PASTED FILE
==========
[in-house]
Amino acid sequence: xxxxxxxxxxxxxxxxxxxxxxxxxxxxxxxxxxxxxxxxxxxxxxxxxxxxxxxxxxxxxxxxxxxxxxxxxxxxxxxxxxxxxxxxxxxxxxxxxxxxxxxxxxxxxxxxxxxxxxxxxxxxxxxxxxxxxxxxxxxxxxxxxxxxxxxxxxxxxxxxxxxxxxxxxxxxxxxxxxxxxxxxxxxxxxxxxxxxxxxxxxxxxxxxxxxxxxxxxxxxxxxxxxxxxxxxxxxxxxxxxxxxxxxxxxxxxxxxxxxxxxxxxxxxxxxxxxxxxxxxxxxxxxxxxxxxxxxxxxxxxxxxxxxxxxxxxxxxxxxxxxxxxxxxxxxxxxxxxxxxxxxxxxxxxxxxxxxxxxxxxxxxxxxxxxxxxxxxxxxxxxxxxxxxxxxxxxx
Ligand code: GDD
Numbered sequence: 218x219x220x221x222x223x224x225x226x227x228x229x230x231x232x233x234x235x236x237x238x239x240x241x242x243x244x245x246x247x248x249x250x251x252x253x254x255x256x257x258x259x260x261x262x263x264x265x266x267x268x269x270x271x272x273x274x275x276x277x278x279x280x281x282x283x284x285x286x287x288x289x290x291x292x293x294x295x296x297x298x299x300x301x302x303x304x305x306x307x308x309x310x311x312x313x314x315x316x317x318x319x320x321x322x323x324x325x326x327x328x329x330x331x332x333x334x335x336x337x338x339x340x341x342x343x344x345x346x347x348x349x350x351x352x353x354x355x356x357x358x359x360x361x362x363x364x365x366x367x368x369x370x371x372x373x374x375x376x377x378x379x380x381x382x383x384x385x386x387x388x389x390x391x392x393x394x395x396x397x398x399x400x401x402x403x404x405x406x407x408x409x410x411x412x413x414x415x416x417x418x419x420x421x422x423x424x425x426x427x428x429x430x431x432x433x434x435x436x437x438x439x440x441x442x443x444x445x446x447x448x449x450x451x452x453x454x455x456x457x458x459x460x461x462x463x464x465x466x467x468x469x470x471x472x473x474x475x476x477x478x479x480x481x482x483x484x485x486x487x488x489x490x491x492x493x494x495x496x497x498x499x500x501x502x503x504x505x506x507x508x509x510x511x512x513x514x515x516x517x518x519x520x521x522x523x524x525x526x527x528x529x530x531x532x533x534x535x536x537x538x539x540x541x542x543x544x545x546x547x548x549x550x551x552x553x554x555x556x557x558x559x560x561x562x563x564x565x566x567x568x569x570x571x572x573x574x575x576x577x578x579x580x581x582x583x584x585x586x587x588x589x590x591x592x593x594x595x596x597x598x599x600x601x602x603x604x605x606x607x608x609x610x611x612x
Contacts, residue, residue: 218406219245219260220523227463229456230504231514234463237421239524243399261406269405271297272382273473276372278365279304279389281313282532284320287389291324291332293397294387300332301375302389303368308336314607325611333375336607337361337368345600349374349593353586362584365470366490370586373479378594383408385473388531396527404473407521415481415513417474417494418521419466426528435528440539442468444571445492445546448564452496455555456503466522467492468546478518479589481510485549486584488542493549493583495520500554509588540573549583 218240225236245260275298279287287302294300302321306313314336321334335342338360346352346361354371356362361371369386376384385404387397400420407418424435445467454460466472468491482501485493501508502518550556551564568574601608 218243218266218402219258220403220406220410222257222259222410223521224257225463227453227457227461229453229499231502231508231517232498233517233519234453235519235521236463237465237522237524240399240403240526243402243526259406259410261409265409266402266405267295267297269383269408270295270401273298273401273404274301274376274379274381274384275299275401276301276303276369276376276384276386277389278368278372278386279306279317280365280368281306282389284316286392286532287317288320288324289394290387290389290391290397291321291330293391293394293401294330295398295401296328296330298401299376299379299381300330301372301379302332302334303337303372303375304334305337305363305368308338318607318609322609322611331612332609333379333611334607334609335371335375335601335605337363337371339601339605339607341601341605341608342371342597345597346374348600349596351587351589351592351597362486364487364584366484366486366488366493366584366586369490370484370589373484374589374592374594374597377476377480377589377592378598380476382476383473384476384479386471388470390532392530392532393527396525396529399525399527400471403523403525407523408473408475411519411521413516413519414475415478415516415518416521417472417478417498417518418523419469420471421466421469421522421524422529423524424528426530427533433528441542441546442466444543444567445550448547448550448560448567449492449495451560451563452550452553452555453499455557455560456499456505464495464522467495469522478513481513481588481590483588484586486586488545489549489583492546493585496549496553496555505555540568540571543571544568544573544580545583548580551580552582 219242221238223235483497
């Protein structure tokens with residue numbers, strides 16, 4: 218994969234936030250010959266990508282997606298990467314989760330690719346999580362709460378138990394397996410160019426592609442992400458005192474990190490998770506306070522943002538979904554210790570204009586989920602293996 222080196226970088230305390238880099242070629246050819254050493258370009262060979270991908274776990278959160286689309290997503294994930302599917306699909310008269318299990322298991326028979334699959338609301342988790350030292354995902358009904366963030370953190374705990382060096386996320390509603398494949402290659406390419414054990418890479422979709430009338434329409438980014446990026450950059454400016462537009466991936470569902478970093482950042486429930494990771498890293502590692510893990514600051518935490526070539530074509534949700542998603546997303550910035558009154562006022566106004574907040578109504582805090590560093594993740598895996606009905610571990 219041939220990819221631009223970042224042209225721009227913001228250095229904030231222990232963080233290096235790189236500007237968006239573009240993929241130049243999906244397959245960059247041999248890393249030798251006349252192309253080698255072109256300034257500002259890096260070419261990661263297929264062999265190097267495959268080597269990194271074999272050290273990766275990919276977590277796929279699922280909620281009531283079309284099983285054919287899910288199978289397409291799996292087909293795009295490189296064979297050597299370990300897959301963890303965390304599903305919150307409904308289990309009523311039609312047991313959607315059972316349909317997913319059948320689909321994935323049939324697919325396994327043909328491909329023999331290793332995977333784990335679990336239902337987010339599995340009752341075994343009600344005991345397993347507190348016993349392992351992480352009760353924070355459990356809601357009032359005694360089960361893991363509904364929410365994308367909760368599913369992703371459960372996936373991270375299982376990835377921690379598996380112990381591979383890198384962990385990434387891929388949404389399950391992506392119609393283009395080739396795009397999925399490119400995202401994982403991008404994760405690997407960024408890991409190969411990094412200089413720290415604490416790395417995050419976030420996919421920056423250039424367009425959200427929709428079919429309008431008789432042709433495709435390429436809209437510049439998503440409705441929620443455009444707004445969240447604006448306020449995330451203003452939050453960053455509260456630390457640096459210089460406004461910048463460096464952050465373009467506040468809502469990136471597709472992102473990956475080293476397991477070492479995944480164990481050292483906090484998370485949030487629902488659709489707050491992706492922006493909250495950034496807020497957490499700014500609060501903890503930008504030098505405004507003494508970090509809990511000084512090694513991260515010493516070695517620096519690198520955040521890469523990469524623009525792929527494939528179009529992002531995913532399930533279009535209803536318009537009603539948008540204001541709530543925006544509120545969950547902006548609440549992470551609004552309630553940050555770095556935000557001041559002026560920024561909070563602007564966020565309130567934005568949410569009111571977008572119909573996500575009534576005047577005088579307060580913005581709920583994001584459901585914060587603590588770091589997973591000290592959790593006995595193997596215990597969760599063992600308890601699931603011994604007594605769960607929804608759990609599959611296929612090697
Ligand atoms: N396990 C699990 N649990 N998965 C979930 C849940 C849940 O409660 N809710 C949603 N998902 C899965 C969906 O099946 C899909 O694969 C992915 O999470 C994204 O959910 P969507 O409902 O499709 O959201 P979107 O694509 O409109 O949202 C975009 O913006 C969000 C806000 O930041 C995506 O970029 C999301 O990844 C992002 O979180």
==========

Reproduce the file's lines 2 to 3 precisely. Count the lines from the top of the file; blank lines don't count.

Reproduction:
Amino acid sequence: xxxxxxxxxxxxxxxxxxxxxxxxxxxxxxxxxxxxxxxxxxxxxxxxxxxxxxxxxxxxxxxxxxxxxxxxxxxxxxxxxxxxxxxxxxxxxxxxxxxxxxxxxxxxxxxxxxxxxxxxxxxxxxxxxxxxxxxxxxxxxxxxxxxxxxxxxxxxxxxxxxxxxxxxxxxxxxxxxxxxxxxxxxxxxxxxxxxxxxxxxxxxxxxxxxxxxxxxxxxxxxxxxxxxxxxxxxxxxxxxxxxxxxxxxxxxxxxxxxxxxxxxxxxxxxxxxxxxxxxxxxxxxxxxxxxxxxxxxxxxxxxxxxxxxxxxxxxxxxxxxxxxxxxxxxxxxxxxxxxxxxxxxxxxxxxxxxxxxxxxxxxxxxxxxxxxxxxxxxxxxxxxxxxxxxxxxxx
Ligand code: GDD